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January is Glaucoma Awareness Month

January is always an important month in the eye care community.  Although the first month has many of us looking forward to a new year, full of promise and optimism, it takes on a more important role to eye care providers for another reason.   January is Glaucoma Awareness Month.

So what is glaucoma and why is it so serious that it warrants its own awareness month?  Glaucoma is a disease of the optic nerve (the large nerve at the back of the eye that connects our eyes to our brain).  Although it’s most commonly caused by chronically elevated internal eye pressure, glaucoma is widely considered a multifactorial condition with a variety of potential contributing risk factors.  Among the most common risk factors are age over 60, family history/genetics and being of African or Hispanic descent.  Ultimately however, damage to the optic nerve results in progressive and irreversible peripheral vision loss and potential blindness.  Currently, glaucoma affects over 700 000 Canadians and 80 million people worldwide, with numbers expected to grow.

There are really 3 primary reasons why eye doctors want to bring awareness to this terrible condition:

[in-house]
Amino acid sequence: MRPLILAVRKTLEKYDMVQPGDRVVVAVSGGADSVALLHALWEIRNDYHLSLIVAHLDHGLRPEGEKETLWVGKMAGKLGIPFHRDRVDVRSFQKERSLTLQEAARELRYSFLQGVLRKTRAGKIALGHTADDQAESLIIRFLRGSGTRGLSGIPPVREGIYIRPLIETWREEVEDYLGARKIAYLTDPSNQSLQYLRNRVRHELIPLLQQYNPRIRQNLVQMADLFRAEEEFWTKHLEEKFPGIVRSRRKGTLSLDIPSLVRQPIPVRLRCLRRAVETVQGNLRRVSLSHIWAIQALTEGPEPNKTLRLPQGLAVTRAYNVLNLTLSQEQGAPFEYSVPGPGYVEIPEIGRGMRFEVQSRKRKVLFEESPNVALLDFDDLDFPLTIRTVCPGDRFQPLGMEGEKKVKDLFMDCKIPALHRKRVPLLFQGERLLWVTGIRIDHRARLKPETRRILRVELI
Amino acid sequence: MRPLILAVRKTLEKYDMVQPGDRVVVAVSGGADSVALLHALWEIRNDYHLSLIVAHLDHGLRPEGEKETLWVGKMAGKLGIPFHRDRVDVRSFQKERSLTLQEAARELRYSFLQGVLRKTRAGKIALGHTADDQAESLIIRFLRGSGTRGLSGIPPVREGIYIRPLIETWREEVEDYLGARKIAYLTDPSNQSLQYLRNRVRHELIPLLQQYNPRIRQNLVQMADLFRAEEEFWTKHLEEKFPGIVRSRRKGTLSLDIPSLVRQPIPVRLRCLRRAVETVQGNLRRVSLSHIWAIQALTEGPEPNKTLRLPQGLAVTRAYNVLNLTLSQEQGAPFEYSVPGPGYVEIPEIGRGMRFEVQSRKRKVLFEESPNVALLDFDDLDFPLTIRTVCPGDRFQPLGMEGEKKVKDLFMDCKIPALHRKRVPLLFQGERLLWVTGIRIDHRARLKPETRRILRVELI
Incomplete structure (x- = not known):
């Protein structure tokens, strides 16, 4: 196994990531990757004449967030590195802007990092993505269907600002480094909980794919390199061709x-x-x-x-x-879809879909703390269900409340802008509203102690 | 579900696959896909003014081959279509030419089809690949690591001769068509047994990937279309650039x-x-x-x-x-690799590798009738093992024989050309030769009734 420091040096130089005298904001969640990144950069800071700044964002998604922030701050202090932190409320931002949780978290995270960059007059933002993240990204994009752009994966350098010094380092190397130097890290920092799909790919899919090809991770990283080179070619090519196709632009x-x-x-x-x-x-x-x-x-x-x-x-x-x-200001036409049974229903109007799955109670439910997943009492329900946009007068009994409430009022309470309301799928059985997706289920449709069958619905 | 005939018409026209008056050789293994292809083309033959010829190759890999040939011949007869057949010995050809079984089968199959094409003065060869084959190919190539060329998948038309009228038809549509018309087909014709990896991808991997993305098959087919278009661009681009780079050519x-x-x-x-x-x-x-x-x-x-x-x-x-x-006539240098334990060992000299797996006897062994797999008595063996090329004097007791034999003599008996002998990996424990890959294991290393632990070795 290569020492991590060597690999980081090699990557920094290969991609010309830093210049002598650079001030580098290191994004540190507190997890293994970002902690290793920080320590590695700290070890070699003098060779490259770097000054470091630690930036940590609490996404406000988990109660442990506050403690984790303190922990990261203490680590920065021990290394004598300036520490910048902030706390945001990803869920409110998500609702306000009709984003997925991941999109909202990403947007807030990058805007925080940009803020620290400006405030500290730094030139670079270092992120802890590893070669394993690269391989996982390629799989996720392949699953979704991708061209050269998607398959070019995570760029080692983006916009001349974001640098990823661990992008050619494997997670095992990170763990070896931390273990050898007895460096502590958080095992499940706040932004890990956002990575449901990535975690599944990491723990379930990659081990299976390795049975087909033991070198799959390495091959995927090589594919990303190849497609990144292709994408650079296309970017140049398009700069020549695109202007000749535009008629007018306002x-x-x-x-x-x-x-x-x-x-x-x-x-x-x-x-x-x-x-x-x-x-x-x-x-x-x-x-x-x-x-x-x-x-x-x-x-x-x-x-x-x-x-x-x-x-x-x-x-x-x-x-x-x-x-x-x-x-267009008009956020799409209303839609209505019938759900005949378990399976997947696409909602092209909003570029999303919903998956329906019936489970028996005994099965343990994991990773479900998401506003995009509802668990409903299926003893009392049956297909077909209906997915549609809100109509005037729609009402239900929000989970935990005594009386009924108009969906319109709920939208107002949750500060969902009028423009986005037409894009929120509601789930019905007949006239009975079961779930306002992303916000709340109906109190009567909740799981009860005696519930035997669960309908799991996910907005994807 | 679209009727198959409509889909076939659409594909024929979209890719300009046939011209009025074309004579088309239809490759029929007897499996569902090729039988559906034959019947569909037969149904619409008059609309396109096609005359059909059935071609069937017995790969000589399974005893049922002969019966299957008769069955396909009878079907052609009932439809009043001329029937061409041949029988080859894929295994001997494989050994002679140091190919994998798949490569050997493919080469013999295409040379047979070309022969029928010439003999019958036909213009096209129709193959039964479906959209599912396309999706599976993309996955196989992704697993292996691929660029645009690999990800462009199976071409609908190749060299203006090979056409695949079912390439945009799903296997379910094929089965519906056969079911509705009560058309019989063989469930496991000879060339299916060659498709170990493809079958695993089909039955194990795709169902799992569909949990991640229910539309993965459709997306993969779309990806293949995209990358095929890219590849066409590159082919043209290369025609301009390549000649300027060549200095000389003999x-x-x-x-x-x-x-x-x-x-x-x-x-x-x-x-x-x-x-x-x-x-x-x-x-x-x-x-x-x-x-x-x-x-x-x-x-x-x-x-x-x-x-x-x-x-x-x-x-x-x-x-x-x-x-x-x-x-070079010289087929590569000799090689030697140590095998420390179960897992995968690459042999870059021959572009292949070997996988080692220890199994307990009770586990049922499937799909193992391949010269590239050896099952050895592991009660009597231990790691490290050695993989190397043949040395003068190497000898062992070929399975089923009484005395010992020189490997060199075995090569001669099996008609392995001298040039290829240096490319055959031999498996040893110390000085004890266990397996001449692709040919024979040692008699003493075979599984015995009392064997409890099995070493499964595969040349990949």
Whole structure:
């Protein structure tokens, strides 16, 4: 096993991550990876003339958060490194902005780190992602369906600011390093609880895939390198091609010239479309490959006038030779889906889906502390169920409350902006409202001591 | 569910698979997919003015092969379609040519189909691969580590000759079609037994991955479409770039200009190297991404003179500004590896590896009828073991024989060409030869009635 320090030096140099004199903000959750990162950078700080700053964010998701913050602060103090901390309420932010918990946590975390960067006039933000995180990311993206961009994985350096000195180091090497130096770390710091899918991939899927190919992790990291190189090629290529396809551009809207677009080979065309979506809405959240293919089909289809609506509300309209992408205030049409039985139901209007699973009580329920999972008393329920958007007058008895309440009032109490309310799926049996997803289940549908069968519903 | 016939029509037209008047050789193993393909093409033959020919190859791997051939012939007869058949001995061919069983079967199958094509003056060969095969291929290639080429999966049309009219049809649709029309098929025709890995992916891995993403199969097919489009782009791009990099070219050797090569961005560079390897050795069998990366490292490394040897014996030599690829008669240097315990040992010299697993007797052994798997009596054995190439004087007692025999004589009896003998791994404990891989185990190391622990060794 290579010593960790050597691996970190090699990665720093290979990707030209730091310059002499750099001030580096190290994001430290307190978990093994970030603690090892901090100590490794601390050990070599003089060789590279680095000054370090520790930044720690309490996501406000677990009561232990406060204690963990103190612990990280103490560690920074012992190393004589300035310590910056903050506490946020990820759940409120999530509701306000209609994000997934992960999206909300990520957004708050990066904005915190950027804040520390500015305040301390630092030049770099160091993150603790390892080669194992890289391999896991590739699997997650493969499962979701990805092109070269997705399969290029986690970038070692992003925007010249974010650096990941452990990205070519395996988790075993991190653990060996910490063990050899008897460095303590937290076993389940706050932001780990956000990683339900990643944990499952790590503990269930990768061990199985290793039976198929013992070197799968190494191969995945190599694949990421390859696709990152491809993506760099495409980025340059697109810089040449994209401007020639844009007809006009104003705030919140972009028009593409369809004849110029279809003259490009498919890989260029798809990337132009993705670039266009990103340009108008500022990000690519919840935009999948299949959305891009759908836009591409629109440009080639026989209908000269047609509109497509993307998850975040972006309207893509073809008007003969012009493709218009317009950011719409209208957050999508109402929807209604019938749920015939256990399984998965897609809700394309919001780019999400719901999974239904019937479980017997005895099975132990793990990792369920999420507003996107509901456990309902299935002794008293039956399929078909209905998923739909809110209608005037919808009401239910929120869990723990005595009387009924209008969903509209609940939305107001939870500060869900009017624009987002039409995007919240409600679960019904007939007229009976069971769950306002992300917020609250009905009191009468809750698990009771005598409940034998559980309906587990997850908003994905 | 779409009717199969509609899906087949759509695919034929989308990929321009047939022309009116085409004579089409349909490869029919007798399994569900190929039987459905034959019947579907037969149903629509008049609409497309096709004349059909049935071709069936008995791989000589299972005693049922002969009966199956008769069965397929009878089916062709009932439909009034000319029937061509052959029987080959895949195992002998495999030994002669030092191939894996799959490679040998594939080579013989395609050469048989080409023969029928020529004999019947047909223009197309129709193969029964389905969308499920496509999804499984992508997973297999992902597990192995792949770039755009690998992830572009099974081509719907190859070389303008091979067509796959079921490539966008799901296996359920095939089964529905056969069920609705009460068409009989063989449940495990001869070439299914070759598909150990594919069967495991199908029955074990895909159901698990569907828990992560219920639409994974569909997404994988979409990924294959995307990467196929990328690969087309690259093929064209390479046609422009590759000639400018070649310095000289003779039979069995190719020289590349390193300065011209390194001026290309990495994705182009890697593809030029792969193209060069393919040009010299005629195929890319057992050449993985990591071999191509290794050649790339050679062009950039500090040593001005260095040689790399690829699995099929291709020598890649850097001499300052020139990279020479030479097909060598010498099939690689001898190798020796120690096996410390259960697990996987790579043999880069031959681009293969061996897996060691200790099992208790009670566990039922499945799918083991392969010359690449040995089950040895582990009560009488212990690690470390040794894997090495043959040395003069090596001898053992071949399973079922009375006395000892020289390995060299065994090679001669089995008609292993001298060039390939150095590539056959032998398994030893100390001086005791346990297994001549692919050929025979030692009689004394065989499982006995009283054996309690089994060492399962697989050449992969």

1. Glaucoma usually has no symptoms in its early stages.  In fact, many patients have already progressed to moderate to advanced glaucoma when they are initially diagnosed.  Eye pressure can and often is elevated without symptoms.  Early peripheral vision loss can happen gradually and often goes undetected by patients.
  2. Glaucoma causes permanent/irreversible sight loss, potential blindness and has no cure.
  3. With regular eye exams, early detection and treatment, sight can be preserved.

I’m commonly asked by patients why someone should get a routine eye exam when they seemingly have good vision.  Although there are a great many important reasons to have an eye exam, screening for glaucoma is typically one of the first reasons I list.  So, this New Year, if it has been a while since your last visit, put getting an eye exam at the top of your resolution list (and keep it!)

Dr. Michael Main